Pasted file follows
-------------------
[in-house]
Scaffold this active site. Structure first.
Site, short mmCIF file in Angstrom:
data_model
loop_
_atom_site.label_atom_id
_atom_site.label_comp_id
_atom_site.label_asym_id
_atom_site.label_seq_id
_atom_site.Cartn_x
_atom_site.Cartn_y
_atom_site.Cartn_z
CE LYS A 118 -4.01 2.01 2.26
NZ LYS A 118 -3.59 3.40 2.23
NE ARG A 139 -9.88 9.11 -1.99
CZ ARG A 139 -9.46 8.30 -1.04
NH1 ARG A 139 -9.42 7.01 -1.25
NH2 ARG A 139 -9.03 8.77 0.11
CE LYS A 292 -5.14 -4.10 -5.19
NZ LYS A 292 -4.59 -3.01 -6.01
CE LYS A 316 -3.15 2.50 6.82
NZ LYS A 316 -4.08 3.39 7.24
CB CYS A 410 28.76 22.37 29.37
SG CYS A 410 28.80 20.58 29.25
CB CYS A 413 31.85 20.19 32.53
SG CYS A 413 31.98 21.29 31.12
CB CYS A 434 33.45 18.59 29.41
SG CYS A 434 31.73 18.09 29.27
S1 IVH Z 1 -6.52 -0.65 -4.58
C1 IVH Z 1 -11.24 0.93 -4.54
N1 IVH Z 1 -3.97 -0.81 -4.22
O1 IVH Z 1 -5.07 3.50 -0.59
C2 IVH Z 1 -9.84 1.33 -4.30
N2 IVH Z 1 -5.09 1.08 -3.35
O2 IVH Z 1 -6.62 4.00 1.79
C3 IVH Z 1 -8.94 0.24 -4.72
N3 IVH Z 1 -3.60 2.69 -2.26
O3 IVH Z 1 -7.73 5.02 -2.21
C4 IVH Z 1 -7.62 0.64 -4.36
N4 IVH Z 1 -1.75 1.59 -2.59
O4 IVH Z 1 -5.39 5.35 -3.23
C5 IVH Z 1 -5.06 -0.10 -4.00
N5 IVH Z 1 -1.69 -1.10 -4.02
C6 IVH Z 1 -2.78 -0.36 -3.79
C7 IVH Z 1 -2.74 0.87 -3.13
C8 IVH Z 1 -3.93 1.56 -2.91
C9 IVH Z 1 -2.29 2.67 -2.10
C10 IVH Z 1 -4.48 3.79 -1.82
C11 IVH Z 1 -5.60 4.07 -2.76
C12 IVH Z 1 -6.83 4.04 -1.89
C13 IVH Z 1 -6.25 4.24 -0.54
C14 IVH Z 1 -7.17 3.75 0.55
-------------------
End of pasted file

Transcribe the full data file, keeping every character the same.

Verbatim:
[in-house]
Scaffold this active site. Structure first.
Site, short mmCIF file in Angstrom:
data_model
loop_
_atom_site.label_atom_id
_atom_site.label_comp_id
_atom_site.label_asym_id
_atom_site.label_seq_id
_atom_site.Cartn_x
_atom_site.Cartn_y
_atom_site.Cartn_z
CE LYS A 118 -4.01 2.01 2.26
NZ LYS A 118 -3.59 3.40 2.23
NE ARG A 139 -9.88 9.11 -1.99
CZ ARG A 139 -9.46 8.30 -1.04
NH1 ARG A 139 -9.42 7.01 -1.25
NH2 ARG A 139 -9.03 8.77 0.11
CE LYS A 292 -5.14 -4.10 -5.19
NZ LYS A 292 -4.59 -3.01 -6.01
CE LYS A 316 -3.15 2.50 6.82
NZ LYS A 316 -4.08 3.39 7.24
CB CYS A 410 28.76 22.37 29.37
SG CYS A 410 28.80 20.58 29.25
CB CYS A 413 31.85 20.19 32.53
SG CYS A 413 31.98 21.29 31.12
CB CYS A 434 33.45 18.59 29.41
SG CYS A 434 31.73 18.09 29.27
S1 IVH Z 1 -6.52 -0.65 -4.58
C1 IVH Z 1 -11.24 0.93 -4.54
N1 IVH Z 1 -3.97 -0.81 -4.22
O1 IVH Z 1 -5.07 3.50 -0.59
C2 IVH Z 1 -9.84 1.33 -4.30
N2 IVH Z 1 -5.09 1.08 -3.35
O2 IVH Z 1 -6.62 4.00 1.79
C3 IVH Z 1 -8.94 0.24 -4.72
N3 IVH Z 1 -3.60 2.69 -2.26
O3 IVH Z 1 -7.73 5.02 -2.21
C4 IVH Z 1 -7.62 0.64 -4.36
N4 IVH Z 1 -1.75 1.59 -2.59
O4 IVH Z 1 -5.39 5.35 -3.23
C5 IVH Z 1 -5.06 -0.10 -4.00
N5 IVH Z 1 -1.69 -1.10 -4.02
C6 IVH Z 1 -2.78 -0.36 -3.79
C7 IVH Z 1 -2.74 0.87 -3.13
C8 IVH Z 1 -3.93 1.56 -2.91
C9 IVH Z 1 -2.29 2.67 -2.10
C10 IVH Z 1 -4.48 3.79 -1.82
C11 IVH Z 1 -5.60 4.07 -2.76
C12 IVH Z 1 -6.83 4.04 -1.89
C13 IVH Z 1 -6.25 4.24 -0.54
C14 IVH Z 1 -7.17 3.75 0.55